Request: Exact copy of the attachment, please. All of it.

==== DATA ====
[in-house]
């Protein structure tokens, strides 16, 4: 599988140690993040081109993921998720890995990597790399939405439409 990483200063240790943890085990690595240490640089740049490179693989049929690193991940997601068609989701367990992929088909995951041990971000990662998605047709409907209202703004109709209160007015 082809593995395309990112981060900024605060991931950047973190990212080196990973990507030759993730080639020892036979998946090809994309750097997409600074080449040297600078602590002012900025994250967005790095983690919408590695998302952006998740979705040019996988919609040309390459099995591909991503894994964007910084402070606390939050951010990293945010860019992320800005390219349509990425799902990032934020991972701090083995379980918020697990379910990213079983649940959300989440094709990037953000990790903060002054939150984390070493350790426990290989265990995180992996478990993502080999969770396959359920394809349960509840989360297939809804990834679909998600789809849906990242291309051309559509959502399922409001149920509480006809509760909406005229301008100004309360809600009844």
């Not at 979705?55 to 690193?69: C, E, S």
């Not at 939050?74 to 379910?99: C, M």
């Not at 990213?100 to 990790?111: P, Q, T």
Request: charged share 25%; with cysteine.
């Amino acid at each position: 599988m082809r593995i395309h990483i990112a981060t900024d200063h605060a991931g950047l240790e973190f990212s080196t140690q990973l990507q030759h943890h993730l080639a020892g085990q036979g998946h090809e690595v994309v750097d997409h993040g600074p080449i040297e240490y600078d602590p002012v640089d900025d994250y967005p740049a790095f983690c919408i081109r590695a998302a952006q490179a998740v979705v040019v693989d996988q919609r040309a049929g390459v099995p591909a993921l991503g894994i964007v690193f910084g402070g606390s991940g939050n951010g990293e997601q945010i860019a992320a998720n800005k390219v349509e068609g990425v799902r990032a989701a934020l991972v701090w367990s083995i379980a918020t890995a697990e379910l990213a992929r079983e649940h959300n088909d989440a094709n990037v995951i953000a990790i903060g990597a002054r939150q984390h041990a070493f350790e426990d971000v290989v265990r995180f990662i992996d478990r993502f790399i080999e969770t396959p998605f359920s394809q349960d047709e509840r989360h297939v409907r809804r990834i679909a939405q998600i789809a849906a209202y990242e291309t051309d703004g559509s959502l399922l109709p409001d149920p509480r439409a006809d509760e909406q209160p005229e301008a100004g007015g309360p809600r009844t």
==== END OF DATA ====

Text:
[in-house]
């Protein structure tokens, strides 16, 4: 599988140690993040081109993921998720890995990597790399939405439409 990483200063240790943890085990690595240490640089740049490179693989049929690193991940997601068609989701367990992929088909995951041990971000990662998605047709409907209202703004109709209160007015 082809593995395309990112981060900024605060991931950047973190990212080196990973990507030759993730080639020892036979998946090809994309750097997409600074080449040297600078602590002012900025994250967005790095983690919408590695998302952006998740979705040019996988919609040309390459099995591909991503894994964007910084402070606390939050951010990293945010860019992320800005390219349509990425799902990032934020991972701090083995379980918020697990379910990213079983649940959300989440094709990037953000990790903060002054939150984390070493350790426990290989265990995180992996478990993502080999969770396959359920394809349960509840989360297939809804990834679909998600789809849906990242291309051309559509959502399922409001149920509480006809509760909406005229301008100004309360809600009844």
């Not at 979705?55 to 690193?69: C, E, S």
């Not at 939050?74 to 379910?99: C, M």
């Not at 990213?100 to 990790?111: P, Q, T």
Request: charged share 25%; with cysteine.
């Amino acid at each position: 599988m082809r593995i395309h990483i990112a981060t900024d200063h605060a991931g950047l240790e973190f990212s080196t140690q990973l990507q030759h943890h993730l080639a020892g085990q036979g998946h090809e690595v994309v750097d997409h993040g600074p080449i040297e240490y600078d602590p002012v640089d900025d994250y967005p740049a790095f983690c919408i081109r590695a998302a952006q490179a998740v979705v040019v693989d996988q919609r040309a049929g390459v099995p591909a993921l991503g894994i964007v690193f910084g402070g606390s991940g939050n951010g990293e997601q945010i860019a992320a998720n800005k390219v349509e068609g990425v799902r990032a989701a934020l991972v701090w367990s083995i379980a918020t890995a697990e379910l990213a992929r079983e649940h959300n088909d989440a094709n990037v995951i953000a990790i903060g990597a002054r939150q984390h041990a070493f350790e426990d971000v290989v265990r995180f990662i992996d478990r993502f790399i080999e969770t396959p998605f359920s394809q349960d047709e509840r989360h297939v409907r809804r990834i679909a939405q998600i789809a849906a209202y990242e291309t051309d703004g559509s959502l399922l109709p409001d149920p509480r439409a006809d509760e909406q209160p005229e301008a100004g007015g309360p809600r009844t």